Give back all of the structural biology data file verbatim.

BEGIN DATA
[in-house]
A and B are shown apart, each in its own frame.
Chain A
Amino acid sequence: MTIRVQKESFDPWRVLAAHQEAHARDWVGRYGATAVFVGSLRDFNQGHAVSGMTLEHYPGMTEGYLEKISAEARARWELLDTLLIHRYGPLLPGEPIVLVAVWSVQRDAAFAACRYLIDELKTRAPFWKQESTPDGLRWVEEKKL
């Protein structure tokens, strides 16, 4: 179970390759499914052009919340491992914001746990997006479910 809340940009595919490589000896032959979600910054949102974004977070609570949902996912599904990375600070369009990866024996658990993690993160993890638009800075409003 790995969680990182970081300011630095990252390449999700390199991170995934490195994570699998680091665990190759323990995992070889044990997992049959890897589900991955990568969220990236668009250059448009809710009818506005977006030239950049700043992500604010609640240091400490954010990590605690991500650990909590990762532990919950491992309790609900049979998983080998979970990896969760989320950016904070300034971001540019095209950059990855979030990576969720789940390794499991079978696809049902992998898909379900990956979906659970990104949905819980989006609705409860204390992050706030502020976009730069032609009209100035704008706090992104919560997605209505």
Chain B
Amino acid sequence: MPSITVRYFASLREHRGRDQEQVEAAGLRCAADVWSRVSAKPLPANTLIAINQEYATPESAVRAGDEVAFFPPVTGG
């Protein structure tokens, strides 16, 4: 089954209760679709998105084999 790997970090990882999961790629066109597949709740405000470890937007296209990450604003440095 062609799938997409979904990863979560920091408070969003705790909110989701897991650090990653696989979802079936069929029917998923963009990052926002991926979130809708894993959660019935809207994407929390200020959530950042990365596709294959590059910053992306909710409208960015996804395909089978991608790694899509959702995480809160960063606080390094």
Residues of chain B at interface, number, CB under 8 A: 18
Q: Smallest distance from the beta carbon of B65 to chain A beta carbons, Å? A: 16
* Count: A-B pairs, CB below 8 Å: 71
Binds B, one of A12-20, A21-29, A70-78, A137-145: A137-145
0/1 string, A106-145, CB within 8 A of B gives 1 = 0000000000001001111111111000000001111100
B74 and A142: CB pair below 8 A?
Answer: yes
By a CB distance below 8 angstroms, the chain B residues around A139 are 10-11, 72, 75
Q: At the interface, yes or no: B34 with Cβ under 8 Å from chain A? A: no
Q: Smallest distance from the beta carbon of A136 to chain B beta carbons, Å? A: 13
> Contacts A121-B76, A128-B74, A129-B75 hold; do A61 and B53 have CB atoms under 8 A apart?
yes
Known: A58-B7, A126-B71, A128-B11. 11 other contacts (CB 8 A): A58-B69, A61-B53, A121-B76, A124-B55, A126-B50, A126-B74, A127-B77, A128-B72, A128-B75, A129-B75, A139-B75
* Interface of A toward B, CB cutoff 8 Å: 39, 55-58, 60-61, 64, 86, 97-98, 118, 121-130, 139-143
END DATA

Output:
[in-house]
A and B are shown apart, each in its own frame.
Chain A
Amino acid sequence: MTIRVQKESFDPWRVLAAHQEAHARDWVGRYGATAVFVGSLRDFNQGHAVSGMTLEHYPGMTEGYLEKISAEARARWELLDTLLIHRYGPLLPGEPIVLVAVWSVQRDAAFAACRYLIDELKTRAPFWKQESTPDGLRWVEEKKL
């Protein structure tokens, strides 16, 4: 179970390759499914052009919340491992914001746990997006479910 809340940009595919490589000896032959979600910054949102974004977070609570949902996912599904990375600070369009990866024996658990993690993160993890638009800075409003 790995969680990182970081300011630095990252390449999700390199991170995934490195994570699998680091665990190759323990995992070889044990997992049959890897589900991955990568969220990236668009250059448009809710009818506005977006030239950049700043992500604010609640240091400490954010990590605690991500650990909590990762532990919950491992309790609900049979998983080998979970990896969760989320950016904070300034971001540019095209950059990855979030990576969720789940390794499991079978696809049902992998898909379900990956979906659970990104949905819980989006609705409860204390992050706030502020976009730069032609009209100035704008706090992104919560997605209505």
Chain B
Amino acid sequence: MPSITVRYFASLREHRGRDQEQVEAAGLRCAADVWSRVSAKPLPANTLIAINQEYATPESAVRAGDEVAFFPPVTGG
């Protein structure tokens, strides 16, 4: 089954209760679709998105084999 790997970090990882999961790629066109597949709740405000470890937007296209990450604003440095 062609799938997409979904990863979560920091408070969003705790909110989701897991650090990653696989979802079936069929029917998923963009990052926002991926979130809708894993959660019935809207994407929390200020959530950042990365596709294959590059910053992306909710409208960015996804395909089978991608790694899509959702995480809160960063606080390094």
Residues of chain B at interface, number, CB under 8 A: 18
Q: Smallest distance from the beta carbon of B65 to chain A beta carbons, Å? A: 16
* Count: A-B pairs, CB below 8 Å: 71
Binds B, one of A12-20, A21-29, A70-78, A137-145: A137-145
0/1 string, A106-145, CB within 8 A of B gives 1 = 0000000000001001111111111000000001111100
B74 and A142: CB pair below 8 A?
Answer: yes
By a CB distance below 8 angstroms, the chain B residues around A139 are 10-11, 72, 75
Q: At the interface, yes or no: B34 with Cβ under 8 Å from chain A? A: no
Q: Smallest distance from the beta carbon of A136 to chain B beta carbons, Å? A: 13
> Contacts A121-B76, A128-B74, A129-B75 hold; do A61 and B53 have CB atoms under 8 A apart?
yes
Known: A58-B7, A126-B71, A128-B11. 11 other contacts (CB 8 A): A58-B69, A61-B53, A121-B76, A124-B55, A126-B50, A126-B74, A127-B77, A128-B72, A128-B75, A129-B75, A139-B75
* Interface of A toward B, CB cutoff 8 Å: 39, 55-58, 60-61, 64, 86, 97-98, 118, 121-130, 139-143